Whether you have just started your career or have been working for a long time, it’s never too late to open a mutual fund and invest in your future. Mutual funds are investment accounts that allow you to put money away, let experts handle it, and collect your investment when it has grown in size. Whether you’re saving for retirement, your kid’s college education, or the down payment on a house, mutual funds are a great option.
There are many different types of mutual funds available:
Equity Mutual Funds — Invest in common stocks, preferred stocks, and securities. These are divided by company size into large-cap, mid-cap, and small-cap stocks and by market into international, global, growth, and emerging markets.
Sector Funds — Invest in securities in a single sector of the marketplace (for example: tech, health care, energy, etc).
Fixed Income Funds — Invest in federal, municipal, or corporate bonds, where they borrower agrees to repay with a set interest rate. This option is predictable and less risky, but it is time-bound and has less potential for gain.
Index funds — Invest in stocks across the entire market. These funds try to match the market, not beat it. They are slightly less risky than equity funds, but may give better earnings than bonds.
Asset Allocation — Invest in one fund that allows for diversification across various stocks and bonds.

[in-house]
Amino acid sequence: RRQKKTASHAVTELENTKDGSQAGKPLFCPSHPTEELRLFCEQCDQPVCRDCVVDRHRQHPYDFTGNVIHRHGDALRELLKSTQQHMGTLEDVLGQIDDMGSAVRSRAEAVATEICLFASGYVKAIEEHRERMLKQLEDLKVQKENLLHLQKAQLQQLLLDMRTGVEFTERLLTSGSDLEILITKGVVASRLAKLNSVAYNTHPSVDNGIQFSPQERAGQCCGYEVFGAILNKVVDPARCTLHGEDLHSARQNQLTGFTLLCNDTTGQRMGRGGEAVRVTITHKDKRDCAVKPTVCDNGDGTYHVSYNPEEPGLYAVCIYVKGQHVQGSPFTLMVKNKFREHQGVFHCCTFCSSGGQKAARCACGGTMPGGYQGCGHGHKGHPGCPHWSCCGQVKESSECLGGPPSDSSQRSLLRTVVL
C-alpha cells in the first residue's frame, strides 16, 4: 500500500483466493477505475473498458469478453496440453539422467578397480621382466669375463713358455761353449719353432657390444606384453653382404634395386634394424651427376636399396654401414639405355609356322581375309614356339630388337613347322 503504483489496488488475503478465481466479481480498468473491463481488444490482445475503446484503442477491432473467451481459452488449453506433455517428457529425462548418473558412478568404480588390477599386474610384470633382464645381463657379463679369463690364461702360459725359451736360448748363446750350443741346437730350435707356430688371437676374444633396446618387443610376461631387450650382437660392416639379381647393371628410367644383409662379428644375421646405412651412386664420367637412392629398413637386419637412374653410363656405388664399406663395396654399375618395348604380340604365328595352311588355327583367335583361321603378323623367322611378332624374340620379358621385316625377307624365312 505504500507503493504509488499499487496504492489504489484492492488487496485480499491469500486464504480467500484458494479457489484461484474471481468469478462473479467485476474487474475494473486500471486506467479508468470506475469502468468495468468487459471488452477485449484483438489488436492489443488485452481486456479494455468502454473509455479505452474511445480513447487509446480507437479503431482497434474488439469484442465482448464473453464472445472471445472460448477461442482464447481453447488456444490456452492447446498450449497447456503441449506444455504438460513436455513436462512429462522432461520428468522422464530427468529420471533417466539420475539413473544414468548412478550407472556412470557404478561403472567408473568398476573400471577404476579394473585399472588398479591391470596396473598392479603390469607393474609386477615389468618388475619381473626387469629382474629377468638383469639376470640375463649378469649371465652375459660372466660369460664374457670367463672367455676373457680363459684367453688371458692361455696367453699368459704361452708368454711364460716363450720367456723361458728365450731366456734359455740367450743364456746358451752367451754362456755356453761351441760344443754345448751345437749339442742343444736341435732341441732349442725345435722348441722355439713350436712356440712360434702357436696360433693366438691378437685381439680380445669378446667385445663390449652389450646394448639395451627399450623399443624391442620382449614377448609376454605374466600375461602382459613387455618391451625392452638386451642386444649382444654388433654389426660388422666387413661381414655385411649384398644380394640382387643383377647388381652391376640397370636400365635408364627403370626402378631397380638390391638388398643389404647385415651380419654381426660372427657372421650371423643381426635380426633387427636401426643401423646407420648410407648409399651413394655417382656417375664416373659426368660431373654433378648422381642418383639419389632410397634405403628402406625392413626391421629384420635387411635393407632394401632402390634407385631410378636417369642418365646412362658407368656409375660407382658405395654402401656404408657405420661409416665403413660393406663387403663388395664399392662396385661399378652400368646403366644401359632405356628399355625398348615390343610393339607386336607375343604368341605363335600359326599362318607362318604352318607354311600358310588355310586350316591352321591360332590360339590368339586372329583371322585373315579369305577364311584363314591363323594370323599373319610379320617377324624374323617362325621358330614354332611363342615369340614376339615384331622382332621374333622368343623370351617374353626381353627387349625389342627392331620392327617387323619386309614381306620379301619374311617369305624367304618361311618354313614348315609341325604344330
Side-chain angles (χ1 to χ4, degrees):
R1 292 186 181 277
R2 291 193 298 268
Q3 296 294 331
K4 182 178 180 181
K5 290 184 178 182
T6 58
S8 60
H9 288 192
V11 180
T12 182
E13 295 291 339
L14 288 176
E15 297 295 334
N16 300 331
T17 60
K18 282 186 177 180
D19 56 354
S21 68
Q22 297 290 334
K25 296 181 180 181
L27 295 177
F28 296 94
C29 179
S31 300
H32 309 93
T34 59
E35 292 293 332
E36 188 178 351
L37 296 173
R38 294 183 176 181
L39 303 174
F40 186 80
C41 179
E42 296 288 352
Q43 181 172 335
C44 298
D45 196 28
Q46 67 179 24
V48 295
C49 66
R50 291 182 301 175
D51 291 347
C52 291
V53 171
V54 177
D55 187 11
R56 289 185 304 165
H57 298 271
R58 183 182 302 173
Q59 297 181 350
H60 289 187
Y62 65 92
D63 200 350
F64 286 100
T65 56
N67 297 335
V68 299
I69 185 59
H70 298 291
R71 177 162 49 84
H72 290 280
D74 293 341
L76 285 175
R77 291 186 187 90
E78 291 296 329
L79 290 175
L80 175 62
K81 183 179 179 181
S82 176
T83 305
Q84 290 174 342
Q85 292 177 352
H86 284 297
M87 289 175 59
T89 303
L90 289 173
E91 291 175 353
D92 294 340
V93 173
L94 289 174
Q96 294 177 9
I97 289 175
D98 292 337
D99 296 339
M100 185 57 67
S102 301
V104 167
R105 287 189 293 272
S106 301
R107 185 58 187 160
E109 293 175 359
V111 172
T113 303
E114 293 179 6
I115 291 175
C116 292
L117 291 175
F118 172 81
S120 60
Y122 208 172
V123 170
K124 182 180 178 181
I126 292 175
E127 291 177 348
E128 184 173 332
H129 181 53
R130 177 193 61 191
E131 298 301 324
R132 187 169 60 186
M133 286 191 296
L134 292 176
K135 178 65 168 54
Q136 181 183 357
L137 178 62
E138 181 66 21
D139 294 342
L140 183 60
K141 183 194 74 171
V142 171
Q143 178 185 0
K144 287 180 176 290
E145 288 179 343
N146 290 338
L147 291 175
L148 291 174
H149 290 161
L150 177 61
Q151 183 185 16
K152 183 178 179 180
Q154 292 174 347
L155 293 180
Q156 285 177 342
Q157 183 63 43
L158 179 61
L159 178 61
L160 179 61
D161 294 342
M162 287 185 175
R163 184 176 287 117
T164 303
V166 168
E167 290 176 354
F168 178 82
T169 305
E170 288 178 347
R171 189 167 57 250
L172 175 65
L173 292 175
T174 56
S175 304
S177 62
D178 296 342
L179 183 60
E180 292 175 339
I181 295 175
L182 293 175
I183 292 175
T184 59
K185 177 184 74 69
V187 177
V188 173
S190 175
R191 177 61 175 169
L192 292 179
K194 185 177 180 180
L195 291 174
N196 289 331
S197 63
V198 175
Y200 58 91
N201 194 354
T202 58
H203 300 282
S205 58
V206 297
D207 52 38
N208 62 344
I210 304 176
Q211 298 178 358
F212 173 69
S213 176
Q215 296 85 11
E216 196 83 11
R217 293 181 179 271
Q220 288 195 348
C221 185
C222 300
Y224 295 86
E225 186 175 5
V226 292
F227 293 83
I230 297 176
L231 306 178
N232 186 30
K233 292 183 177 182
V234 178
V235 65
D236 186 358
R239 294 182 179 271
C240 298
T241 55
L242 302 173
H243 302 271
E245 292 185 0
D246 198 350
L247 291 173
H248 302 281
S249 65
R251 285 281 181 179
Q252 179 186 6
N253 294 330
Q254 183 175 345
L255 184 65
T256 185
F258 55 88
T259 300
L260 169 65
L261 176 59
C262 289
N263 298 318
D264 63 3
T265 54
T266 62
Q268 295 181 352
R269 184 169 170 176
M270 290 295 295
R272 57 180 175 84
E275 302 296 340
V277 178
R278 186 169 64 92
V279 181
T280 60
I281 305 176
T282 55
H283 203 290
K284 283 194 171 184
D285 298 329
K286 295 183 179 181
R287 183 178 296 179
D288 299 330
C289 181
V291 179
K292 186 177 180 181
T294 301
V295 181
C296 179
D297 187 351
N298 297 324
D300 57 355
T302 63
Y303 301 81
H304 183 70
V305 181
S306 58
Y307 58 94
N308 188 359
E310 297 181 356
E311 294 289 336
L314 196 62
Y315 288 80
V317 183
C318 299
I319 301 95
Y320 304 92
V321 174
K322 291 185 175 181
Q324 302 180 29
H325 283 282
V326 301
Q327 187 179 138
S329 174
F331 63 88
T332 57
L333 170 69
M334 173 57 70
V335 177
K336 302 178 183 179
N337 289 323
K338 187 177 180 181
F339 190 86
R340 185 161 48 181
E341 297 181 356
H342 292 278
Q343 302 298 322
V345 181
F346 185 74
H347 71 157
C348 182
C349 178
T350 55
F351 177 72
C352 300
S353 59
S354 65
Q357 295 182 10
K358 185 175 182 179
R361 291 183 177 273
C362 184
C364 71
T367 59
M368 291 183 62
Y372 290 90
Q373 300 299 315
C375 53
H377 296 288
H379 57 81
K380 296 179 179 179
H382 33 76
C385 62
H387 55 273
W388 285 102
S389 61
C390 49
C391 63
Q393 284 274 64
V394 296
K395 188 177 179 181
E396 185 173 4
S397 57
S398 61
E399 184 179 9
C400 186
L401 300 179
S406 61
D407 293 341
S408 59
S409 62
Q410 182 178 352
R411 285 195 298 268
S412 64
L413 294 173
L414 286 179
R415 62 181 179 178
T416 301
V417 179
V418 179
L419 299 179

Picking an investment strategy is difficult. We can help you find the best fund to match your needs.
Planning for you retirement is important, and the earlier you start, the better. But even if you’re already well into your career, opening an individual retirement account (IRA) is still an important step in making sure you’re set up for the future.
An IRA is essentially a savings account that contains a variety of investment options, and any funds inside it come with several special rules and privileges.
There are several types of IRAs:
Traditional IRA — Funds inside this account get tax-free compound growth, but you do have to pay taxes at withdrawal. However, contributions to this account are tax-deductible.
Roth IRA — Funds inside this account get tax-free compound growth, and they can eventually be withdrawn tax-free. However, contributions to this account are not tax-deductible.
Rollover IRA — This account consolidates retirement plans you may have accumulated from multiple employers into one account.
There are more nuanced differences between the traditional IRA and the Roth IRA, and deciding which options is best for you can be difficult. Call us today, and we can assess your needs and help you pick the right account for your future.